The Indian Hill man who owns a used car supermarket was sentenced on Tuesday to 12 months in prison on tax fraud and other charges.
Greg Vandemark, 65, was convicted in a six-count arbitration trial in federal court in Cincinnati last year. Prosecutors said he cut money from his business and hid it from the IRS.
Prosecutors said Van DeMark earned more than $ 1 million a year, but said he did not have to pay taxes on his 2013 and 2014 tax revenues.
At the time, prosecutors owned several homes in Vantermark – a “mansion” on Indian Hill, a waterfront house in Florida, and a house across the Ohio River designed like a river boat.
Prosecutors said most of the money Vandermark slipped was used to pay for a mortgage on the mansion. Prosecutors said they would spend less than $ 10,000 to reduce the chances of officers finding fraud.
The sentence handed down by U.S. District Judge Michael Barrett was significantly less than what prosecutors were looking for. Prosecutors said the sentence ranged between 41 and 51 months.
Vandermark and his lawyer Patrick Honley both described in court how Vandermark is the main caregiver for his intellectually disabled and his 33-year-old daughter who lives with him. His mother, Vandemark’s ex-wife, Parkinson, moved to a nursing home in 2015 and died in 2017.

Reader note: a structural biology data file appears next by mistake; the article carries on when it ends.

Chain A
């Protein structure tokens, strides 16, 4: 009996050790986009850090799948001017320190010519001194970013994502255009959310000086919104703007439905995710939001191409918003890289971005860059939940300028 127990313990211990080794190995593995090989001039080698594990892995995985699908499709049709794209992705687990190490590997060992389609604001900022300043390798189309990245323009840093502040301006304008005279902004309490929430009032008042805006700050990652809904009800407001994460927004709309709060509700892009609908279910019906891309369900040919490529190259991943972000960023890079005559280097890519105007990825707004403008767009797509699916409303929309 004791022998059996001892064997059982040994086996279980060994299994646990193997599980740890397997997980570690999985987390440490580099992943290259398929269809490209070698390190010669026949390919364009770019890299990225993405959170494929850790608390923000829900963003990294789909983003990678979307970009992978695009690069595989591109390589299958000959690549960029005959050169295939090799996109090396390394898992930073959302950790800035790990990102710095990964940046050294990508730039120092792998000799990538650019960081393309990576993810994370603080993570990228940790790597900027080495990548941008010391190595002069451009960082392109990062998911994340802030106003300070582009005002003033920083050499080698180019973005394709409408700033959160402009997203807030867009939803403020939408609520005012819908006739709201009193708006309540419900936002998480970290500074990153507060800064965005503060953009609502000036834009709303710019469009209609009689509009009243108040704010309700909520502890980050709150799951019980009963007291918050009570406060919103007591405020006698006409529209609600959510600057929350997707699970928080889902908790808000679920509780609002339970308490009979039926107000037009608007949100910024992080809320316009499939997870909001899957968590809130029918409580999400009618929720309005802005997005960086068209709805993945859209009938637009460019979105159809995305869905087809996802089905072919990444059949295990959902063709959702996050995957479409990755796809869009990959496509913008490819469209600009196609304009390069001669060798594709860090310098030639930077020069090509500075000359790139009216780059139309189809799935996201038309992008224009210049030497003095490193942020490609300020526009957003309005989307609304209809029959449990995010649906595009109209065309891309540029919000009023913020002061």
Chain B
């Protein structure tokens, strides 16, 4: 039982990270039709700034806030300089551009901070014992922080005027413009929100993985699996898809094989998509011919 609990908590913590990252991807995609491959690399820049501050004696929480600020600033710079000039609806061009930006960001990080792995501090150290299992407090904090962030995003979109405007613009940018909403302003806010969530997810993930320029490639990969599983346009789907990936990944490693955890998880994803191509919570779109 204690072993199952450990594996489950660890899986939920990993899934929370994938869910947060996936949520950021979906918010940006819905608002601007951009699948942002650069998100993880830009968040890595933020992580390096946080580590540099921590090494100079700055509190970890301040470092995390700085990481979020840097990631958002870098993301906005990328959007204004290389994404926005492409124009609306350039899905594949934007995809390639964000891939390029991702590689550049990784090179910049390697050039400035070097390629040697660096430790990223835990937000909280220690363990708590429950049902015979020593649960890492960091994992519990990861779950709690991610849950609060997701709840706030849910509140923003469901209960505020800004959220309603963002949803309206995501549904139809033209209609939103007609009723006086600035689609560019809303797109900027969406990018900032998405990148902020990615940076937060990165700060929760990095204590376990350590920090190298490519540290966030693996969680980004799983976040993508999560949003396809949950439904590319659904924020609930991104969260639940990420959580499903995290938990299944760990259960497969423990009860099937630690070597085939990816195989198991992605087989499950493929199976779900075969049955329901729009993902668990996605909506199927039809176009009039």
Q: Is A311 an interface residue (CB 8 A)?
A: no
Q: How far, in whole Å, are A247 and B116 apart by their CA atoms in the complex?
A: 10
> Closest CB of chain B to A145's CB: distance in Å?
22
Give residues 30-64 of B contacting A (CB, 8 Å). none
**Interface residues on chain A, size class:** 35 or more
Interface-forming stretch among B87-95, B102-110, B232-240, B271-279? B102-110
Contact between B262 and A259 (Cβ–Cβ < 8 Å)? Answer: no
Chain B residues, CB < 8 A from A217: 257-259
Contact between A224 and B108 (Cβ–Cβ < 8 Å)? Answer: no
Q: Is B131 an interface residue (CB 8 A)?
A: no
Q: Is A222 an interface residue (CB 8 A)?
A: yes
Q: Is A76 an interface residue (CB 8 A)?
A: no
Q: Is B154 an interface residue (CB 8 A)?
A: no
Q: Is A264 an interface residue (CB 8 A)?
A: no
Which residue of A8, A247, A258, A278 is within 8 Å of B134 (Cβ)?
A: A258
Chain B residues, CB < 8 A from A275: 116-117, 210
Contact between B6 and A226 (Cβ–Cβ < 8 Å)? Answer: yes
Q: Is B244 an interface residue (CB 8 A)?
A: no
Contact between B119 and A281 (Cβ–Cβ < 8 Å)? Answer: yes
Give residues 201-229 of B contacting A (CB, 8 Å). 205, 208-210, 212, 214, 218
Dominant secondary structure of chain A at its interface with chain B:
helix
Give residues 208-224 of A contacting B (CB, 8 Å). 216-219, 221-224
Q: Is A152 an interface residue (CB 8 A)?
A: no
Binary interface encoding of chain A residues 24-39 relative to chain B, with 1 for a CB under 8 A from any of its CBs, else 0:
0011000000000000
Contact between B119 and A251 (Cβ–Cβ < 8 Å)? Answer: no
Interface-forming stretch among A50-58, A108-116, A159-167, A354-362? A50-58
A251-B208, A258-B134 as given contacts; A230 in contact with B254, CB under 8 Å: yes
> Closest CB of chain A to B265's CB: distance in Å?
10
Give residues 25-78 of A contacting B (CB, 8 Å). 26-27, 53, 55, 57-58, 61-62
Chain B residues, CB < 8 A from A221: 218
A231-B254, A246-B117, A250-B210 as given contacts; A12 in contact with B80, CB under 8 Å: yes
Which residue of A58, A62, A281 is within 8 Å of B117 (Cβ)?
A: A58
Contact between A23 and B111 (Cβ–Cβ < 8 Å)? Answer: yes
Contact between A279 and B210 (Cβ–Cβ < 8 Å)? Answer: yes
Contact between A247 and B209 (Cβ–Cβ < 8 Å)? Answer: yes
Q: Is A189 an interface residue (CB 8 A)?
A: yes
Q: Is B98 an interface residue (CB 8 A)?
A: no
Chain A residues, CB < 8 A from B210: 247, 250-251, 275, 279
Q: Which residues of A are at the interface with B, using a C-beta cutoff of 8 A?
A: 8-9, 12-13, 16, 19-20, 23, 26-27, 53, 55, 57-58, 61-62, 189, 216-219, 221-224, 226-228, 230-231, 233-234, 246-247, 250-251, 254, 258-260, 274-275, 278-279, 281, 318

Vandermark said he prepares his daughter’s food and takes her to his part – time job at a friz and medical appointments. In court documents, Honley said her daughter had heart problems and, as a result, “her health is constantly compromising.”
Vandermark said he did not want to send his daughter to a residential home.
“I wasn’t created like that,” he told Barrett: “She didn’t understand what was going on.”
Barrett said the sentencing would take into account Vandermark’s “family ties and responsibilities.”
Vandermark will be allowed to self-surrender in a federal prison at a future date.
He was also ordered to pay the government nearly $ 9,219,000 in restructuring. Prior to sentencing on Tuesday, he submitted checks for the amount to authorities. He appeals the sentence.
Assistant U.S. Attorney Megan Coffney said in documents filed prior to the sentencing that Vandermark built the business from the ground up. He called his story the “Greatest American Dream.”
Still, Kaufney said Vandermark chose to deceive the country that made his dream possible, “continuing to lie to avoid getting anything back.”
“He did not feel obligated to the place that gave him so much because his million dollar homes, private cars and even his private plane were not enough for him,” Kaufney said. ”